New Breakthroughs in Cognitive Therapy: Applications to the Severely Mentally Ill (Part 1)

Aaron T. Beck, MD
Note: This article summarizes Aaron Beck’s interview with Judith Beck at the Evolution of Psychotherapy Conference in Anaheim, CA, December 16, 2017, for which he received a standing ovation from over 7,000 conference participants.

Origins and Development of the Treatment

Early in my career, I treated a delusional patient who believed he was being followed by government agents. This individual recovered, and I was enthusiastic about using psychotherapy to treat individuals suffering from delusions. Many decades later, I supervised a resident who was treating an individual with delusions at one of the hospitals. This individual believed that all the other individuals in the unit were members of the Camden police force. At my urging, the resident suggested she get to know each of the people on the unit closely, and be able to describe them. Over the course of time, the number of supposed police gradually diminished to zero. At the time, I attributed her improvement to increased focus. Later, I realized that forming social relationships with the other members of her unit also played a key role.

Sometime later, I discovered that several British groups were successfully treating individuals with schizophrenia using CBT. They adapted various CBT strategies to address the unique needs of this patient population. This inspired me to see if we could develop a treatment based on the principles of cognitive therapy that could address the negative symptoms of schizophrenia. Paul Grant and I (Grant & Beck, 2009) developed several questionnaires and determined that the negative symptoms, namely isolation, were related to defeatist beliefs such as, “If I try something, I will only fail” and asocial beliefs such as, “If I reach out to people, I will only be rejected.” We found that this formulation correlated significantly with the negative symptoms of schizophrenia and indeed our findings were replicated by almost a dozen other investigators. Following our discovery, we conducted a randomized control trial in which we adapted CT to this patient population (Grant et al, 2017).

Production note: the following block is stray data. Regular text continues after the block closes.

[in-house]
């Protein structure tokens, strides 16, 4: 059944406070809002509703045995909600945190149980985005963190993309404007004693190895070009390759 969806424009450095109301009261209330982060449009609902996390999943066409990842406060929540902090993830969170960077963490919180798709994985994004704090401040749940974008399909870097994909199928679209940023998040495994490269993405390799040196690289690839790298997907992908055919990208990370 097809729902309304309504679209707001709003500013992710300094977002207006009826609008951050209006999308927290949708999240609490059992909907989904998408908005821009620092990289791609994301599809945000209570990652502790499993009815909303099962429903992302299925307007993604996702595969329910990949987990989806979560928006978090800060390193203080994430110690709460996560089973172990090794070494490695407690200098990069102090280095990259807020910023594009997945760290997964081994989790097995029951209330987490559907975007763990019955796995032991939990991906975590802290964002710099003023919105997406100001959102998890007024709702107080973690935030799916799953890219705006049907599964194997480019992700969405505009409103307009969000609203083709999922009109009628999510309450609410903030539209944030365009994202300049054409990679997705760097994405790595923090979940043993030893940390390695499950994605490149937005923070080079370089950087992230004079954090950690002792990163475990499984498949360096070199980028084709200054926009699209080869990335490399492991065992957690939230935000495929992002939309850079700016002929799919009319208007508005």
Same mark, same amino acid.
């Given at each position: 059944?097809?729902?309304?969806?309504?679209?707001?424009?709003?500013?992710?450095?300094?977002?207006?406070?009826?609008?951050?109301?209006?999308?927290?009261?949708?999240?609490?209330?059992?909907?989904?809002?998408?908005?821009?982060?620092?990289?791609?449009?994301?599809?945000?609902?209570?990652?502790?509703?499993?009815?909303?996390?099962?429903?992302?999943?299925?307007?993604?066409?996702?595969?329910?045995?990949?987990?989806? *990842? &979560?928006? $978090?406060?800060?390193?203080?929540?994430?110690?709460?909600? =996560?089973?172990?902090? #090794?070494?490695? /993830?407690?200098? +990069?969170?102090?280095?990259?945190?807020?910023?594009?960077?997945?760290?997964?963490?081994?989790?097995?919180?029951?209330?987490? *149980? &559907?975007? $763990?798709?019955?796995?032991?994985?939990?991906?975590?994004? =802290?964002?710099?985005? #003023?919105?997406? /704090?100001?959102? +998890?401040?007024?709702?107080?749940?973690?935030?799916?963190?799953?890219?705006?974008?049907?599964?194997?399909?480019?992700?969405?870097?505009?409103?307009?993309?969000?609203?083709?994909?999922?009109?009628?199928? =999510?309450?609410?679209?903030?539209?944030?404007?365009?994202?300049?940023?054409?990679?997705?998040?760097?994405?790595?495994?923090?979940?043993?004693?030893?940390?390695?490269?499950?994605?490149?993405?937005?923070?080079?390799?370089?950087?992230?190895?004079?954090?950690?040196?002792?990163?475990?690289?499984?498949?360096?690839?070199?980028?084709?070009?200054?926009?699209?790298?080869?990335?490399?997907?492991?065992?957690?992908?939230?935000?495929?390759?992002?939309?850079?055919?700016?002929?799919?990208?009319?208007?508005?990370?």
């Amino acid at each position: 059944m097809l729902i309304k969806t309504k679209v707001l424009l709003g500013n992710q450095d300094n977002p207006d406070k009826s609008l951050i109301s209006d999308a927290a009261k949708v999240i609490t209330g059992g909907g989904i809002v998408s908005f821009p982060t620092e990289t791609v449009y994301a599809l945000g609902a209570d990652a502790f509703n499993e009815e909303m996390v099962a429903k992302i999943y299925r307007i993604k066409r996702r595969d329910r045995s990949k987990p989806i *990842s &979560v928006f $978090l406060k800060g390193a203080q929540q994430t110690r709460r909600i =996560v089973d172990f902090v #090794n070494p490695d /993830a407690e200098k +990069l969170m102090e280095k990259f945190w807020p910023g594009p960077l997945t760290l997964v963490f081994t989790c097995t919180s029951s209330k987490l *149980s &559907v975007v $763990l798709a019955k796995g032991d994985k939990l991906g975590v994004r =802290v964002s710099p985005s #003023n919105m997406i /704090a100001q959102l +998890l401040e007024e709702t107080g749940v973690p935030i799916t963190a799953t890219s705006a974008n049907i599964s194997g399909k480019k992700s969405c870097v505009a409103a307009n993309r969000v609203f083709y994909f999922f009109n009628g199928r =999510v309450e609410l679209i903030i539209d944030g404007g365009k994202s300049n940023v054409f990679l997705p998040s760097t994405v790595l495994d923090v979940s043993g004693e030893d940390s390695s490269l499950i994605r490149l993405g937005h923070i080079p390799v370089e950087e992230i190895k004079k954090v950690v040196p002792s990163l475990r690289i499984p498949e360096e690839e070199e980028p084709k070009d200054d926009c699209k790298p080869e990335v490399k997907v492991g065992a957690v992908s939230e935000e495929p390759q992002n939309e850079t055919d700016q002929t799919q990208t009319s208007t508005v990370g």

Read Part 2 and Part 3


Paul M. Grant, Aaron T. Beck; Defeatist Beliefs as a Mediator of Cognitive Impairment, Negative Symptoms, and Functioning in Schizophrenia, Schizophrenia Bulletin, Volume 35, Issue 4, 1 July 2009, Pages 798–806,

Six-Month Follow-Up of Recovery-Oriented Cognitive Therapy for Low-Functioning Individuals with Schizophrenia. Paul M. Grant, Keith Bredemeier, and Aaron T. Beck. Psychiatric Services 2017, 68:10, 997-1002

Explore Beck Institute upcoming workshops